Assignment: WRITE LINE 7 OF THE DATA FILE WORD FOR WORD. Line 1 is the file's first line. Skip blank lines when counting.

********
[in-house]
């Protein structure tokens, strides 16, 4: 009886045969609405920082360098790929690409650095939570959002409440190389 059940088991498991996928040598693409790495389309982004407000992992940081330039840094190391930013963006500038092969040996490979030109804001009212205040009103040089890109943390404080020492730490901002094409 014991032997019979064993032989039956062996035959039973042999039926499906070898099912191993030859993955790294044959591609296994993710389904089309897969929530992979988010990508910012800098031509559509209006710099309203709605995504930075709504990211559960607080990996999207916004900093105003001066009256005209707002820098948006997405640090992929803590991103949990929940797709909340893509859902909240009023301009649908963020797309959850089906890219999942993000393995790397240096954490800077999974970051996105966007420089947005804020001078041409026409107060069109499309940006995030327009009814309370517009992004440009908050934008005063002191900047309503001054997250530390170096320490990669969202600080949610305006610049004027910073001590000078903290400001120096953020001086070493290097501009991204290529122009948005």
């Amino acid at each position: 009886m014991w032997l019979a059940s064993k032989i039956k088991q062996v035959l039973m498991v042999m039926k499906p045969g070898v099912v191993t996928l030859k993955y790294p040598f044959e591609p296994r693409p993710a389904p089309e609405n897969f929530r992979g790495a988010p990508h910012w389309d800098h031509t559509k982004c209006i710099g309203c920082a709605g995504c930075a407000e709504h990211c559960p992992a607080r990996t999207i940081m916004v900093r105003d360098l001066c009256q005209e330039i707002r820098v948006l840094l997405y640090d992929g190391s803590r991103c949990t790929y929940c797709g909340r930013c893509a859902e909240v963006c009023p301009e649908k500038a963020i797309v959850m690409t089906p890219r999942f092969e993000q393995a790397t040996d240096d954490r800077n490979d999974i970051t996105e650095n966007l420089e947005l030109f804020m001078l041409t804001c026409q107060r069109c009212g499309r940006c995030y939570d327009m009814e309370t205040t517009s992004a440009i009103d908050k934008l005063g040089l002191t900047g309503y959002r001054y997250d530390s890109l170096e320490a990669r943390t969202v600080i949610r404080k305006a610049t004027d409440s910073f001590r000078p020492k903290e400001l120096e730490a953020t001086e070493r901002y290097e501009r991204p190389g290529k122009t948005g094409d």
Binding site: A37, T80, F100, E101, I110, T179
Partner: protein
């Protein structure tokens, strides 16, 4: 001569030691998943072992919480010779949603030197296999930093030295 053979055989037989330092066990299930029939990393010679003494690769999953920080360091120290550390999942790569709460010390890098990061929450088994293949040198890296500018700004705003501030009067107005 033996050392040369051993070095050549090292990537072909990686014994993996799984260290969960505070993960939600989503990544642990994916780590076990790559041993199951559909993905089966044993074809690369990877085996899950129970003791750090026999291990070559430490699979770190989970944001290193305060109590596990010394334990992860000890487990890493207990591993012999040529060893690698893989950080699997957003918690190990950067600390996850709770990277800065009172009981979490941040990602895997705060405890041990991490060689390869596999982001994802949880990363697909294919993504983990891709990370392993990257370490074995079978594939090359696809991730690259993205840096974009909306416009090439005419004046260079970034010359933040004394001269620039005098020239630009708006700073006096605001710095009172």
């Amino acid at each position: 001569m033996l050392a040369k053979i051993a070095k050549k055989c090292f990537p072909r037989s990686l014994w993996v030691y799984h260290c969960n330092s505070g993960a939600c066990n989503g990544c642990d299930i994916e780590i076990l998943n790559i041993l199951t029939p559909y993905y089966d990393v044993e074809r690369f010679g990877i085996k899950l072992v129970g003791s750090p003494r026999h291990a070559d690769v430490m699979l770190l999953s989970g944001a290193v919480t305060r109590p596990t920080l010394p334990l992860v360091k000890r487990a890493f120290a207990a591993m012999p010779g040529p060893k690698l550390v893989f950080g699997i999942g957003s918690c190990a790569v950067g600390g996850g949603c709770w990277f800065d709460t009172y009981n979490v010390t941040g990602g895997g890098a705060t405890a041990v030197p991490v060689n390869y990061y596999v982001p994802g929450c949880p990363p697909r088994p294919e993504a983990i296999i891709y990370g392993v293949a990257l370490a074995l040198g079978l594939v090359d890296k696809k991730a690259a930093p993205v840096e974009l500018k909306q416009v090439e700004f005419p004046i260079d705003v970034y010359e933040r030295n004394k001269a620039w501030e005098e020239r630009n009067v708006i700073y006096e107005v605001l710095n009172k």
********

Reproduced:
């Amino acid at each position: 001569m033996l050392a040369k053979i051993a070095k050549k055989c090292f990537p072909r037989s990686l014994w993996v030691y799984h260290c969960n330092s505070g993960a939600c066990n989503g990544c642990d299930i994916e780590i076990l998943n790559i041993l199951t029939p559909y993905y089966d990393v044993e074809r690369f010679g990877i085996k899950l072992v129970g003791s750090p003494r026999h291990a070559d690769v430490m699979l770190l999953s989970g944001a290193v919480t305060r109590p596990t920080l010394p334990l992860v360091k000890r487990a890493f120290a207990a591993m012999p010779g040529p060893k690698l550390v893989f950080g699997i999942g957003s918690c190990a790569v950067g600390g996850g949603c709770w990277f800065d709460t009172y009981n979490v010390t941040g990602g895997g890098a705060t405890a041990v030197p991490v060689n390869y990061y596999v982001p994802g929450c949880p990363p697909r088994p294919e993504a983990i296999i891709y990370g392993v293949a990257l370490a074995l040198g079978l594939v090359d890296k696809k991730a690259a930093p993205v840096e974009l500018k909306q416009v090439e700004f005419p004046i260079d705003v970034y010359e933040r030295n004394k001269a620039w501030e005098e020239r630009n009067v708006i700073y006096e107005v605001l710095n009172k």